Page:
If you are considering radiation therapy, you must first schedule a visit with a radiation oncologist to see if radiation therapy is right for you. During your initial visit, the doctor will evaluate your need for radiation therapy and its likely results. This includes reviewing your current medical problems, past medical history, past surgical history, family history, medications, allergies and lifestyle. The doctor will also perform a physical examination to assess the extent of your disease and judge your general physical condition. After reviewing your medical tests, including CT scans, MR scans and positron emission tomography scans (PET scans), and completing a thorough examination, your radiation oncologist will fully discuss with you the potential benefits and risks of radiation therapy and answer your questions.
Simulation and Treatment Planning
To be most effective, radiation therapy must be aimed precisely at the same target or targets each and every time treatment is given. The process of measuring your anatomy and marking your skin to help your team direct the beams of radiation safely and exactly to their intended locations is called simulation.
During simulation, your radiation oncologist and radiation therapist place you on the simulation machine in the exact position you will be in during the actual treatment. Your radiation therapist, under your doctor's supervision, then marks the area to be treated directly on your skin or on immobilization devices.
Immobilization devices are molds, casts, headrests or other devices that are constructed and placed on a certain part of your body to help you remain in the same position during the entire treatment. A special treatment planning CT scan is done to help with the simulation and treatment planning. The radiation therapist marks your skin and/or the immobilization devices either with a bright, temporary paint or a set of small permanent tattoos. Although simulation is typically only one session, your physician may schedule more than one session depending on the type of cancer you have and the type of radiation therapy that is being used.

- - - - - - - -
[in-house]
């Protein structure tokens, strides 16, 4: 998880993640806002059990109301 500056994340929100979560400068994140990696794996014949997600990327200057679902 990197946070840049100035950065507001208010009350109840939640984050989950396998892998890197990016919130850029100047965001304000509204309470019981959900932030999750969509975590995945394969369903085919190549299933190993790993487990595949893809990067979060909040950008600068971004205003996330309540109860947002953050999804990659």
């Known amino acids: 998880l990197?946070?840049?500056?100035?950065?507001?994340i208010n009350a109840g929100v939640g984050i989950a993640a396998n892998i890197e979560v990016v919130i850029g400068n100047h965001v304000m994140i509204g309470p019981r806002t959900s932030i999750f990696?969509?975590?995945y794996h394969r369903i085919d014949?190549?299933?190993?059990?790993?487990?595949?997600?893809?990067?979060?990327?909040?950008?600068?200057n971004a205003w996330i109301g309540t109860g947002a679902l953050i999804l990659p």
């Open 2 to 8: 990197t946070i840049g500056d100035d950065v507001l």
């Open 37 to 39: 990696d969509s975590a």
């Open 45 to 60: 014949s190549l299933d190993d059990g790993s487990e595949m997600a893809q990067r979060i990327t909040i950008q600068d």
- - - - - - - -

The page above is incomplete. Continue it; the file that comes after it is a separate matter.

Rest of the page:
Once you have finished with the simulation, your radiation oncologist and other members of the treatment team review the information they obtained during simulation along with your previous medical tests and use sophisticated treatment-planning computer software is used to help design the best possible treatment plan. After reviewing all of this information, your doctor writes a prescription that outlines the exact course of your radiation therapy treatment.
When you undergo external beam radiation therapy treatment, each session is painless, like getting an X-ray. The radiation is directed to your tumor from a machine located outside of your body. One of the benefits of radiation therapy is that it is usually given as a series of outpatient treatments and you may not need to miss work or experience the type of recuperation period that can follow other treatments. Treatments are usually scheduled five days a week, every day except Saturday and Sunday, and continue for 3 to 10 weeks. Some patients receive hyperfractionated radiation therapy, in which radiation treatments are given more than once a day. Other times, only one or a few treatments are required, such as for the treatment of cancer that has spread to the bone.